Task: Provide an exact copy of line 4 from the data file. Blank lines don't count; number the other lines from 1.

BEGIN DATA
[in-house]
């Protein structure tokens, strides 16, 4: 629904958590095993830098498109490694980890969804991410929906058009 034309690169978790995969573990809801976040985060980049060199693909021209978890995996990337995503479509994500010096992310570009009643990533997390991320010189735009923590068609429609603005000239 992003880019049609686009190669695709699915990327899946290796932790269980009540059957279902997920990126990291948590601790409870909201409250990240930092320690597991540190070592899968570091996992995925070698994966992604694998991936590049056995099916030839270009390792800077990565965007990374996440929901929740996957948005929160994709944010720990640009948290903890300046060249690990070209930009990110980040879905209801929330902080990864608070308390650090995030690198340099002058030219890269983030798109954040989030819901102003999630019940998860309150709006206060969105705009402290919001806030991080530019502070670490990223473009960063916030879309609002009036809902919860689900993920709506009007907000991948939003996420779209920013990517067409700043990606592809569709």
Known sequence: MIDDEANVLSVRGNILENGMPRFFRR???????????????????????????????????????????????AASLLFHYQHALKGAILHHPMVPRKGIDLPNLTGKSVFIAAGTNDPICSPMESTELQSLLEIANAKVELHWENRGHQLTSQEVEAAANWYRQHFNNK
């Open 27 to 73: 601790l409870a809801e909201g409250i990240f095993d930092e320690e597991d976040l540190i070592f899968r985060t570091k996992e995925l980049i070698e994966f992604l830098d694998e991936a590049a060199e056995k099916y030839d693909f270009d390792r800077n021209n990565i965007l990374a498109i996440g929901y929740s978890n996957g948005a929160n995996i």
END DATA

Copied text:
């Open 27 to 73: 601790l409870a809801e909201g409250i990240f095993d930092e320690e597991d976040l540190i070592f899968r985060t570091k996992e995925l980049i070698e994966f992604l830098d694998e991936a590049a060199e056995k099916y030839d693909f270009d390792r800077n021209n990565i965007l990374a498109i996440g929901y929740s978890n996957g948005a929160n995996i």